Panchan Virus Cryptomines on Victims’ Computers
Hackers Terrorize Linux Servers for Illegal Cryptomining Scheme
Dark web criminal hackers have found a new way to haul in an exponential amount of money into their coffers. With cryptojacking – the threat actors have been wreaking havoc on the Linux Servers. In this scheme, hackers utilized cyber attack tactics to infiltrate and hijack the resources of a victim’s computer, and use up its resources to secretly mine cryptocurrencies.
As of March 2022, cyber security analysts have issued a warning about the malicious Panchan botnet. Investigation shows that hackers have been clamoring to use it to illegally breach computers in the education and telecommunication sector to mine digital currencies. The researchers documented that the new virus infects mainly Linux servers through a brute-force backdoor, which steals SSH credentials.
Reportedly, the new peer-to-peer botnet, aptly named “Panchan”, according to analysts at Akamai Technologies, is one of the most recent hacking threats launched in 2022. When tracked to the Linux data server, it was discovered that the hacking group for the malicious software was identified as Japanese hackers.
The Panchan software with its SSH worms functions such as SSH key abuse and dictionary attacks has been noted to execute rapid lateral reproduction movements. With this acute capability, it can virtually spread quickly to any other device in the breached computer network.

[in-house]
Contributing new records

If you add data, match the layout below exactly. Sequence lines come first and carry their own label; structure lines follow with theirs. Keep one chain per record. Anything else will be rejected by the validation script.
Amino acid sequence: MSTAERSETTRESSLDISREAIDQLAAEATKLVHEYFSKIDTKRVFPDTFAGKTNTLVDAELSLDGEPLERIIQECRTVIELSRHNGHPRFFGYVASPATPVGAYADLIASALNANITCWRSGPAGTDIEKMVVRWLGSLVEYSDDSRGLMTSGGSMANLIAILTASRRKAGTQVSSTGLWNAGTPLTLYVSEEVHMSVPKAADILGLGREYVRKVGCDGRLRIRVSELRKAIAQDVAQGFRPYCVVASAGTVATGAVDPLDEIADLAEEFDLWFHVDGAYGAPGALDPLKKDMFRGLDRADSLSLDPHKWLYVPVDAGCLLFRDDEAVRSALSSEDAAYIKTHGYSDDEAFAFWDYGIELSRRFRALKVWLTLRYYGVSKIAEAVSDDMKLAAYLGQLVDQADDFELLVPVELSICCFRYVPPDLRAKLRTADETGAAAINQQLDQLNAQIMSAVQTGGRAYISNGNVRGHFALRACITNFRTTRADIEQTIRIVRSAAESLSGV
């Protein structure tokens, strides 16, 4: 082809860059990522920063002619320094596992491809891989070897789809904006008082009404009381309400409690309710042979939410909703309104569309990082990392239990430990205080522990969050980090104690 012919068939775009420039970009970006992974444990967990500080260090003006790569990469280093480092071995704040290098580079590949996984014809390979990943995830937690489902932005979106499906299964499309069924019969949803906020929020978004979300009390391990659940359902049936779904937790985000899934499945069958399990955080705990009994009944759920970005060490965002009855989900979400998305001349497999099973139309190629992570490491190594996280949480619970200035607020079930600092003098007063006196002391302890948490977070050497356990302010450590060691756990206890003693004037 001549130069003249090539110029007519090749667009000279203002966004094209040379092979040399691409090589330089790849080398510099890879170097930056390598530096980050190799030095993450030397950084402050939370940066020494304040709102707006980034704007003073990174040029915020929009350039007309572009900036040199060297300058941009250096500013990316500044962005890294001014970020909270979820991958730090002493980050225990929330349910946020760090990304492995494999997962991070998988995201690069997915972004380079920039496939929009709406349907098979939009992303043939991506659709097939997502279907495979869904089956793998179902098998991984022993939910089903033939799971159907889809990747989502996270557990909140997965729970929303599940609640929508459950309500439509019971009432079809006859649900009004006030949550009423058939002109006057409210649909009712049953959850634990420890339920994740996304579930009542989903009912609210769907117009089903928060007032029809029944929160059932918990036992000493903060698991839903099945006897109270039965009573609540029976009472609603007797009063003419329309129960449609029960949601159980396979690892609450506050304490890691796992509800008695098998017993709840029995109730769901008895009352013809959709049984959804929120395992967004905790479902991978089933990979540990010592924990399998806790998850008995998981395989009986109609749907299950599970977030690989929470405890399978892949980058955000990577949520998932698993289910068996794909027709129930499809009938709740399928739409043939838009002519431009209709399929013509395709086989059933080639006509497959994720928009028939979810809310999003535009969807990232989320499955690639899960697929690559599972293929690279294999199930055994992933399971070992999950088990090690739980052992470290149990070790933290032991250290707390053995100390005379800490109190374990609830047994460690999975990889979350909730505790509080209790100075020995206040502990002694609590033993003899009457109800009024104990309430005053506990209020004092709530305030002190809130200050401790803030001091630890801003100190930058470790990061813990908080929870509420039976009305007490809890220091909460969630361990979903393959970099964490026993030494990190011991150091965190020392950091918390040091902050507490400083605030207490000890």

Persistent Virus Relaunch Itself
In addition, its unprecedented detection avoidance abilities used memory-mapped miners and dynamic process detection monitoring. It can immediately stop its mining modules if it senses that it was detected by the computer system.
Through stealth operation, it reproduced easily without alerting the victimized system. After locating a new host; it exploits the SSH keys, or used brute force attacks to bypass the usernames and passwords of that private computer network. If successful, Panchan creates a hidden folder under the name “xinetd”.
The endurance of its longevity is critical to the hackers’ success; it persistently copies itself to a folder called “/bin/system-worker”. Thus, it is able to create a new system service that will launch a new copy of the malicious software with each reboot of the computer network.
Panchan’s rebooting capabilities allow the virus to disguise itself as an actual system service. Additionally, Panchan is equipped with a binary function that sends an HTTPS POSTS request to a Discord webhook, which gives the hackers the opportunity to spy on their victims.
Above all, Panchan was written in a highly versatile programming language called the Go programming language, or “Golang” for short. Golang was developed by Google engineers to create an efficient open source programming language for web developers.